A Surprising Number Of Babies Are Born On Valentine's Day — Is This Why?

Most of us have probably wondered if Valentine's Day might be up there on the list of top holidays for conceiving a baby, what with all the wine, chocolate and romantic dinners going on around the country. But would it surprise you to learn that Valentine's Day actually is a very popular birthday? This may be why.

Valentine's Day is the most popular birth date between January 1 and July 1, according to The Daily Viz, and it could very well be because more people simply choose to have their baby on that day. The average number of births on Valentine's Day (taken over the course of two decades of birth data) is 11,636. Reporter and data journalist Matt Stiles created a heat map taking the average amounts of daily births in the United States between 1994 to 2014 and found that while Valentine's Day only ranks 63rd in the most common birth date list over the year, it is the most common birth date in the entire first half of the year.

In fact, this has been a trend since the '70s, at least. A chart published in The Daily Mail showed that using United States birth data from 1973 to 1999, Valentine's Day was the most popular birth date in all of the first five months of the year.

So, what's the popular baby-making holiday that's causing the spike? Well, The Daily Viz crunched some numbers to find out the likely conception date for these Valentine's Day babies: 266 days before birth "represents a hypothetical 'moment of conception' based on the normal gestation period for humans, 280 days, minus the average time for ovulation, two weeks." For Valentine's Day, that date would be May 24, which isn't a particularly memorable time of year. Perhaps graduation season turns you on? Maybe early Memorial Day festivities have people feeling extra frisky?

Joking aside, even a popular baby-making holiday couldn't account for the holiday being such a banner birth date, considering that the rest of the month ranks much lower on the list of common birthdays. It turns out, women may be intentionally scheduling their C-section for that specific date, or possibly even "choosing" to either hold that baby in a few days longer or pop it out a little early, in order to get a Valentine's Day birthday for their little one. Wild idea? Well, bear with me.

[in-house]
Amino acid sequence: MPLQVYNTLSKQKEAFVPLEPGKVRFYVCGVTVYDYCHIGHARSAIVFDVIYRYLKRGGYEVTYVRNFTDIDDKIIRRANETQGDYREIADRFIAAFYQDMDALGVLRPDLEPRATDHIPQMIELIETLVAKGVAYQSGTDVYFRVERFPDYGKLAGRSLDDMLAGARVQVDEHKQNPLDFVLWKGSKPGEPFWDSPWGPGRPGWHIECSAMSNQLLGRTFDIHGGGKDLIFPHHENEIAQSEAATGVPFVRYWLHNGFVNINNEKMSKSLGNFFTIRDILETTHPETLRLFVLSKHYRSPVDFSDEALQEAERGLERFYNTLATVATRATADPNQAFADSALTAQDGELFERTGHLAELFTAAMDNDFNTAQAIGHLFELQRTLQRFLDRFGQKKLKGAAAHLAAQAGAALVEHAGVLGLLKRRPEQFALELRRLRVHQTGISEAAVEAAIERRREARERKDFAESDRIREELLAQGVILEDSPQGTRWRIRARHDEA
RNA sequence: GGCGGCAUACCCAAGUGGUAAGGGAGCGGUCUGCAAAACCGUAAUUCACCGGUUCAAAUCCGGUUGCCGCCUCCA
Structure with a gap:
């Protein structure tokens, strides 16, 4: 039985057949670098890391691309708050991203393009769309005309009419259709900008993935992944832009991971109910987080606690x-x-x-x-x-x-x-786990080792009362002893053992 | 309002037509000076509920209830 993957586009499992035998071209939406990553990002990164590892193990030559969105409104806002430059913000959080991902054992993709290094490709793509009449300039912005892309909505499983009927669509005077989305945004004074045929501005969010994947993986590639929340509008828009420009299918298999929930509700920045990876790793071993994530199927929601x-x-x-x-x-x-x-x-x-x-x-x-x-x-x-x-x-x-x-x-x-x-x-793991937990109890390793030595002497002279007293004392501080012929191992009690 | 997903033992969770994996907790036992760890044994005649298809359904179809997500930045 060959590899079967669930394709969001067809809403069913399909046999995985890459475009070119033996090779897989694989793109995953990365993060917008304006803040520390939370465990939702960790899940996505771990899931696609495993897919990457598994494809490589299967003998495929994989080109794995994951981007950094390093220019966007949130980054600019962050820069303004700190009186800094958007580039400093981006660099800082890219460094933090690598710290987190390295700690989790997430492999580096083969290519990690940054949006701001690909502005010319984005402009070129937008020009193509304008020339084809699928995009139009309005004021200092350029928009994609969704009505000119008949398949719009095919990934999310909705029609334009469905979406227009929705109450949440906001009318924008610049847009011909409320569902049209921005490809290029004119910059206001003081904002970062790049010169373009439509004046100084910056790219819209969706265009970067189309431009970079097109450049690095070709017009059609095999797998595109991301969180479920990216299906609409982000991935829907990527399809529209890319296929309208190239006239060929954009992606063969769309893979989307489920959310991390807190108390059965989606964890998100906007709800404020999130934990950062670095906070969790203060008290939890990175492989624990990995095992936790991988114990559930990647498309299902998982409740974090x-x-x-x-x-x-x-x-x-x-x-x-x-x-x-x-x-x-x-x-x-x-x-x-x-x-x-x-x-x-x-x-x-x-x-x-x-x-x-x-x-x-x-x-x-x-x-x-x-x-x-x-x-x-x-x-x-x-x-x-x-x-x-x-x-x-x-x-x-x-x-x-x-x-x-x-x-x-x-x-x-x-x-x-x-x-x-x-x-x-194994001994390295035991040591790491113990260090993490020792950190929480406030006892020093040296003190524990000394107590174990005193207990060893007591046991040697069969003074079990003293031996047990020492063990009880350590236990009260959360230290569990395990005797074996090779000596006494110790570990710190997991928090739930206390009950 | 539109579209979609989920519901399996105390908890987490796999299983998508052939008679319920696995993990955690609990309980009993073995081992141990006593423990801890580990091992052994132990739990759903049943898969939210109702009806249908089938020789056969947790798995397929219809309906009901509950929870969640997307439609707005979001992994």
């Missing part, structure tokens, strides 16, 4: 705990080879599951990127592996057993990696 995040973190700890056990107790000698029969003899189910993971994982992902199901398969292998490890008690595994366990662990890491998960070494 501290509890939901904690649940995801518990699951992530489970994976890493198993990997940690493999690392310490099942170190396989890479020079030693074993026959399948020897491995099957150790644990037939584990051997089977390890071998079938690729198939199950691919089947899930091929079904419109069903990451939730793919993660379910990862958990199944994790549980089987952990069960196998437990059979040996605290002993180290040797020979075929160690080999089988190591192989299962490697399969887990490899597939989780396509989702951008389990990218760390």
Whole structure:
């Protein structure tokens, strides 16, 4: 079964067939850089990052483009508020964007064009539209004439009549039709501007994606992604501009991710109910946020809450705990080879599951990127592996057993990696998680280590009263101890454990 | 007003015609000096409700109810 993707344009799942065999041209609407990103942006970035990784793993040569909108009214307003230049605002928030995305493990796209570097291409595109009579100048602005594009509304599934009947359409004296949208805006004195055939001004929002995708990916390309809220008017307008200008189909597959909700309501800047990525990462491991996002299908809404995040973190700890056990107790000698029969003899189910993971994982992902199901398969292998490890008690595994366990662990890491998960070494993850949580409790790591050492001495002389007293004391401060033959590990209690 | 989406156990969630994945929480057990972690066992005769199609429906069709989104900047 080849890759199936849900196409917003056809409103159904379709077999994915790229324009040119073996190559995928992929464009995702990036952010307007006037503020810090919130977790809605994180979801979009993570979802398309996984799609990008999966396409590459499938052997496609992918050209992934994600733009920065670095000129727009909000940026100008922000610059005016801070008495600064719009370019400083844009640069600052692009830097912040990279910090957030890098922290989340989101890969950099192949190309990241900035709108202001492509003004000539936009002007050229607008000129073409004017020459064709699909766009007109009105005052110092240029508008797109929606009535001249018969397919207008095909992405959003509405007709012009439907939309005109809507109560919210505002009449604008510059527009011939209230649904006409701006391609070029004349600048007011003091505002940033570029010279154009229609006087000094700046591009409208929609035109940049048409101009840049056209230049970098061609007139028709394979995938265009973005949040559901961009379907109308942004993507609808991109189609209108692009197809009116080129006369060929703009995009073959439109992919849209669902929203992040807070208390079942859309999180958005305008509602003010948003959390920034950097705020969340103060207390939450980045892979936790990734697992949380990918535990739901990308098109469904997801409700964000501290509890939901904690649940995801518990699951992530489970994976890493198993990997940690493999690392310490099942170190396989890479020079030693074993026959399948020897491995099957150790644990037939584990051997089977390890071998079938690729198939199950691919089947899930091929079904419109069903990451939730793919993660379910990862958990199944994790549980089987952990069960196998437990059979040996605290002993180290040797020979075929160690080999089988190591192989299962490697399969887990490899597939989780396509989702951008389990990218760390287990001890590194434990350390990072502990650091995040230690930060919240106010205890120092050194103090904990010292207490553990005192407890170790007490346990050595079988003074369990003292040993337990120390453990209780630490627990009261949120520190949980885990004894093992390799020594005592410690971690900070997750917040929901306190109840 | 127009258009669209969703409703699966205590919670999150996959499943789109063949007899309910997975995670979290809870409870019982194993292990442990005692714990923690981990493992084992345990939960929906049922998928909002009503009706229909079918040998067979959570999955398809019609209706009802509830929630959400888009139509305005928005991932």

A study in Social Science & Medicine called "The Influence of Valentine's Day and Halloween on Birth Timing," concluded that the positive symbolism of the love-filled holiday could account for the sharp increase in the number of births on that day compared to the days on either side. "On Valentine’s Day, which conveys positive symbolism, there was a 3.6 % increase in spontaneous births and a 12.1 % increase in cesarean births," the report explains. That is some jump in the c-section rate, but it's also a noticeable peak in spontaneous births as well.

The study, conducted by Becca R. Levy, Pil H. Chung, and Martin D. Slade, took into account the number of births on both Valentine's Day and Halloween, as well as on the days before and after those holidays over the course of 11 years. The authors came to the conclusion that not only are scheduled births influenced by how our culture views Valentine's Day and Halloween, but "that pregnant women may be able to control the timing of spontaneous births, in contrast to the traditional assumption."

If you've ever questioned a woman's ability to accomplish something she puts her mind to, now would be the time to reconsider that theory. Levy, Chung and Slade wrote, "It is known that cultural representations, in the form of stereotypes, can influence functional health." Yikes. So, if you have a particular feeling about St. Patrick's Day and really want a little Irish cherub baby, maybe, just maybe, you might be able to make it happen.

Check out Romper's new video series, Bearing The Motherload, where disagreeing parents from different sides of an issue sit down with a mediator and talk about how to support (and not judge) each other’s parenting perspectives. New episodes air Mondays on Facebook.